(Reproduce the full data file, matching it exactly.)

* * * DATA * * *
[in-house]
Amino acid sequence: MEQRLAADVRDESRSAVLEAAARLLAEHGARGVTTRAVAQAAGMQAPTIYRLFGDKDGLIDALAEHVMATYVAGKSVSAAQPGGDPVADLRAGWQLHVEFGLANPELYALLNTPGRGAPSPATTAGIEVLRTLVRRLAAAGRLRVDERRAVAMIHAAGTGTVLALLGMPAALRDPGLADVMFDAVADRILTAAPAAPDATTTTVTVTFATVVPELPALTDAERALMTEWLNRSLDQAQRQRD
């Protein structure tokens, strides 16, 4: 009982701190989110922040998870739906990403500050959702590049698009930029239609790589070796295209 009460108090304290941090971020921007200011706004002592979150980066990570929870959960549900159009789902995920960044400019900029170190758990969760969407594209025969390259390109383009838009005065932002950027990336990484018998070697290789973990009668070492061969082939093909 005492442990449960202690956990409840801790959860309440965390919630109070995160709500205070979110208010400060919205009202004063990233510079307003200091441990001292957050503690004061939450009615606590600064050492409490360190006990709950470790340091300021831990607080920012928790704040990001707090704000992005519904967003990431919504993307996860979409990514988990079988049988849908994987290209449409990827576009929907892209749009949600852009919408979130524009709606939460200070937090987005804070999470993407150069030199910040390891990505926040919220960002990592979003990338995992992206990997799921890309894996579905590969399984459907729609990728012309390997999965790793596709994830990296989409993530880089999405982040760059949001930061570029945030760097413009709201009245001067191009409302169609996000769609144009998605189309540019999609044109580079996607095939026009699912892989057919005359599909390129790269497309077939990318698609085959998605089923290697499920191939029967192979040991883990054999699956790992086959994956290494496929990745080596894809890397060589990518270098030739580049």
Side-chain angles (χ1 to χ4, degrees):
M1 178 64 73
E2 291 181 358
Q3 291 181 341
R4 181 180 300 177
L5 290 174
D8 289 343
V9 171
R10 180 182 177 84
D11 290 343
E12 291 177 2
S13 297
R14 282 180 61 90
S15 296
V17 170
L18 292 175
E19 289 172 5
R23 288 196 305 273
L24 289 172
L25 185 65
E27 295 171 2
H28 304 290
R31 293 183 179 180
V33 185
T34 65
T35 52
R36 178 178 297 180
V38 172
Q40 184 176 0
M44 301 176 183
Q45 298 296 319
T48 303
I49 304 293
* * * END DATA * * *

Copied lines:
[in-house]
Amino acid sequence: MEQRLAADVRDESRSAVLEAAARLLAEHGARGVTTRAVAQAAGMQAPTIYRLFGDKDGLIDALAEHVMATYVAGKSVSAAQPGGDPVADLRAGWQLHVEFGLANPELYALLNTPGRGAPSPATTAGIEVLRTLVRRLAAAGRLRVDERRAVAMIHAAGTGTVLALLGMPAALRDPGLADVMFDAVADRILTAAPAAPDATTTTVTVTFATVVPELPALTDAERALMTEWLNRSLDQAQRQRD
């Protein structure tokens, strides 16, 4: 009982701190989110922040998870739906990403500050959702590049698009930029239609790589070796295209 009460108090304290941090971020921007200011706004002592979150980066990570929870959960549900159009789902995920960044400019900029170190758990969760969407594209025969390259390109383009838009005065932002950027990336990484018998070697290789973990009668070492061969082939093909 005492442990449960202690956990409840801790959860309440965390919630109070995160709500205070979110208010400060919205009202004063990233510079307003200091441990001292957050503690004061939450009615606590600064050492409490360190006990709950470790340091300021831990607080920012928790704040990001707090704000992005519904967003990431919504993307996860979409990514988990079988049988849908994987290209449409990827576009929907892209749009949600852009919408979130524009709606939460200070937090987005804070999470993407150069030199910040390891990505926040919220960002990592979003990338995992992206990997799921890309894996579905590969399984459907729609990728012309390997999965790793596709994830990296989409993530880089999405982040760059949001930061570029945030760097413009709201009245001067191009409302169609996000769609144009998605189309540019999609044109580079996607095939026009699912892989057919005359599909390129790269497309077939990318698609085959998605089923290697499920191939029967192979040991883990054999699956790992086959994956290494496929990745080596894809890397060589990518270098030739580049």
Side-chain angles (χ1 to χ4, degrees):
M1 178 64 73
E2 291 181 358
Q3 291 181 341
R4 181 180 300 177
L5 290 174
D8 289 343
V9 171
R10 180 182 177 84
D11 290 343
E12 291 177 2
S13 297
R14 282 180 61 90
S15 296
V17 170
L18 292 175
E19 289 172 5
R23 288 196 305 273
L24 289 172
L25 185 65
E27 295 171 2
H28 304 290
R31 293 183 179 180
V33 185
T34 65
T35 52
R36 178 178 297 180
V38 172
Q40 184 176 0
M44 301 176 183
Q45 298 296 319
T48 303
I49 304 293